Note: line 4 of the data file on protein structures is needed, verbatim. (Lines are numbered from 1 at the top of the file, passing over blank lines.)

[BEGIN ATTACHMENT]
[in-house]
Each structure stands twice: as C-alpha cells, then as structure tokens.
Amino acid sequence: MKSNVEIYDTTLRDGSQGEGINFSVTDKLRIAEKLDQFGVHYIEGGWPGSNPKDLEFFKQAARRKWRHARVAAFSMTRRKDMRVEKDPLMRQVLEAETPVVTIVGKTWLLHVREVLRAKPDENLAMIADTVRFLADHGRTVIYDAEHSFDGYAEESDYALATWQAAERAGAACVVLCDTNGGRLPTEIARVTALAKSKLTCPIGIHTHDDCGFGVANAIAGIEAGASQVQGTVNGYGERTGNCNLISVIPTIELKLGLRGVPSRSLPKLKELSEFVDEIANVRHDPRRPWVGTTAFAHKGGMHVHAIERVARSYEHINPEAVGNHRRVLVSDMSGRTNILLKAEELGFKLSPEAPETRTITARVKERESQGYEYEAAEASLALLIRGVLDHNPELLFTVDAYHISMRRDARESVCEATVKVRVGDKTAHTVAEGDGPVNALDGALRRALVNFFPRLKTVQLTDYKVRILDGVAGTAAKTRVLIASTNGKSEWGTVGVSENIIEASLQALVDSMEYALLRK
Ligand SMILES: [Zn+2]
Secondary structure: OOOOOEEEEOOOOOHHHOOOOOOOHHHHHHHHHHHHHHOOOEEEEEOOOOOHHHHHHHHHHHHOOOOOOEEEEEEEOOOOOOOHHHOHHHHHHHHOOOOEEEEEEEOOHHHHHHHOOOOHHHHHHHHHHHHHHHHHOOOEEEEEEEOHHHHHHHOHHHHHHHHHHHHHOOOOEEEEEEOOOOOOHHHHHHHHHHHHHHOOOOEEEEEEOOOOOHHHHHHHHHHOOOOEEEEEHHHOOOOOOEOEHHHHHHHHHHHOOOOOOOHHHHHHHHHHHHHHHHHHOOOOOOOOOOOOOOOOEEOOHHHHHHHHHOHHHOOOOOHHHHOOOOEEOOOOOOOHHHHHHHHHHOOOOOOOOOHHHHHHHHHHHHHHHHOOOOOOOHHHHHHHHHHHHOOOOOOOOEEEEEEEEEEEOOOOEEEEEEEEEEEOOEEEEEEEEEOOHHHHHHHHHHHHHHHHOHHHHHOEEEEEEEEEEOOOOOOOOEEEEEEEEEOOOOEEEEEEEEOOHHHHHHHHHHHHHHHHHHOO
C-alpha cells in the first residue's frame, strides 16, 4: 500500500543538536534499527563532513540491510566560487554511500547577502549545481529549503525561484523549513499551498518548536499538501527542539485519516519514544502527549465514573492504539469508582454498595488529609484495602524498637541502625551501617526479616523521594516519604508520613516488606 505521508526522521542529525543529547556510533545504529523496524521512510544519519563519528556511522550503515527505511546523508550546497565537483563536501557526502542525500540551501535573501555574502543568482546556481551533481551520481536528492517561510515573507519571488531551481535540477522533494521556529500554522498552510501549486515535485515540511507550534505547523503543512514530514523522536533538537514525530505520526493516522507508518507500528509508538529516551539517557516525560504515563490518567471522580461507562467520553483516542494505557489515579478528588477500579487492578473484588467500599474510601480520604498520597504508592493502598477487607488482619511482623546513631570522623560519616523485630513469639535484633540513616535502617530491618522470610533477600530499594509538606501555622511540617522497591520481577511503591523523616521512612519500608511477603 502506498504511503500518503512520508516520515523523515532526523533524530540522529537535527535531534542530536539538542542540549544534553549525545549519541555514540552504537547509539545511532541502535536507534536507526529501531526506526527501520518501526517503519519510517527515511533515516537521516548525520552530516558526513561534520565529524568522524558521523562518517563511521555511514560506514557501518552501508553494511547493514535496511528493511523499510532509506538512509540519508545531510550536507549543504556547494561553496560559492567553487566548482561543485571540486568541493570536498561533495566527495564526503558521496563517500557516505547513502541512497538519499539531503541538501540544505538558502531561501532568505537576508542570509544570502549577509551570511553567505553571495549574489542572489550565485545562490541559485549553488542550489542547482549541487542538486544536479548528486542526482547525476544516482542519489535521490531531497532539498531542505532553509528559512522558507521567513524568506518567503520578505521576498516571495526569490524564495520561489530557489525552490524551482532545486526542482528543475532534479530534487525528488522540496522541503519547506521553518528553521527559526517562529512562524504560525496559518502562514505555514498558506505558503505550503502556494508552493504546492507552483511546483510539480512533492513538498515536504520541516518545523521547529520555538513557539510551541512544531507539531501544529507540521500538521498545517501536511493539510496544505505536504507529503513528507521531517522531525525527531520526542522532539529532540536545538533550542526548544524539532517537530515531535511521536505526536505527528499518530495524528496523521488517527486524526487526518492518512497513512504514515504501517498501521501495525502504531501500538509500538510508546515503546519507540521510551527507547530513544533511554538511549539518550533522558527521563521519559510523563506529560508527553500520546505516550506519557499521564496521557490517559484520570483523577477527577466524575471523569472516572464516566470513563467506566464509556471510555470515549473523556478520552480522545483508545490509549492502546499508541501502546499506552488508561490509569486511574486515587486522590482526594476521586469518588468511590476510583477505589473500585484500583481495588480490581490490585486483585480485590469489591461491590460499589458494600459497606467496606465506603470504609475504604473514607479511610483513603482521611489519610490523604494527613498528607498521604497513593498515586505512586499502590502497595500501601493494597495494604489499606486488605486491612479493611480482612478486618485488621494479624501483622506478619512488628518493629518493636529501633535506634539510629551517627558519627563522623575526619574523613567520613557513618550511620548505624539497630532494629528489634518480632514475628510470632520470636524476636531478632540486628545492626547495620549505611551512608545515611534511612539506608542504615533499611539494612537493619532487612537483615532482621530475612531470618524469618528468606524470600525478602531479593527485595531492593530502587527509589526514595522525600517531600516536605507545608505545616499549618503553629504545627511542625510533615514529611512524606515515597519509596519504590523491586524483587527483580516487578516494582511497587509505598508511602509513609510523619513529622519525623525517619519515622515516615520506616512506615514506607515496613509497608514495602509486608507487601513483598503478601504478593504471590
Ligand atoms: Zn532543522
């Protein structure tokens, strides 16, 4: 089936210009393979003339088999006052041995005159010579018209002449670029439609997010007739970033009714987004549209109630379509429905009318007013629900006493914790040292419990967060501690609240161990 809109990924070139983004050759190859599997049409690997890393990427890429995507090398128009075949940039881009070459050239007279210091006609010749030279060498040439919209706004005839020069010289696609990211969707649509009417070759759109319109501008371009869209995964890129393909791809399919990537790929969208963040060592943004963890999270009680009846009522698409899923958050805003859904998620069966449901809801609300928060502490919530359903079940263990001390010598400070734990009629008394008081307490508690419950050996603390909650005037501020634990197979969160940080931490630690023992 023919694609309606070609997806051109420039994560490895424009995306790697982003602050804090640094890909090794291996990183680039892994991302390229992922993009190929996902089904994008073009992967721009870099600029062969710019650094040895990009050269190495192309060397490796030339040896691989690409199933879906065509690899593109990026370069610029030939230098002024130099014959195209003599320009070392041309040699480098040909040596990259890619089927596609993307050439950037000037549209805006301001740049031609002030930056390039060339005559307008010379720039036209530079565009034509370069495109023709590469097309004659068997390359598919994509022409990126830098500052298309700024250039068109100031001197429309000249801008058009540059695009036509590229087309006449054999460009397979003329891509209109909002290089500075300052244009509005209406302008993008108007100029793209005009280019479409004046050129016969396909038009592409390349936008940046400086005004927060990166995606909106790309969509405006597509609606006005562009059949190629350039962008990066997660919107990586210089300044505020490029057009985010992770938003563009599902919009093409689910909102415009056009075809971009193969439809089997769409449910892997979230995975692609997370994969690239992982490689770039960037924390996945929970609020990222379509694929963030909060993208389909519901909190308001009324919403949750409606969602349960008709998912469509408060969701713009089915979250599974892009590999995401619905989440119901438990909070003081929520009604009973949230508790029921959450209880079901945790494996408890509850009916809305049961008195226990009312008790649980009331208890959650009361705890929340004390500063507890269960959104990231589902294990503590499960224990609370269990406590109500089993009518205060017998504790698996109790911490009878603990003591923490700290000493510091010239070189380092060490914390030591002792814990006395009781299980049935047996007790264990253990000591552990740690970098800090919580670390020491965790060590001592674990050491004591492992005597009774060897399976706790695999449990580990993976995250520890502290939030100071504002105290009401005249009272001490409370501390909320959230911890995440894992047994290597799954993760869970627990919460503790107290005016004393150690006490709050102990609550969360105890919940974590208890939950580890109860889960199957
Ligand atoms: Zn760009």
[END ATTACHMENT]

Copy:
Ligand SMILES: [Zn+2]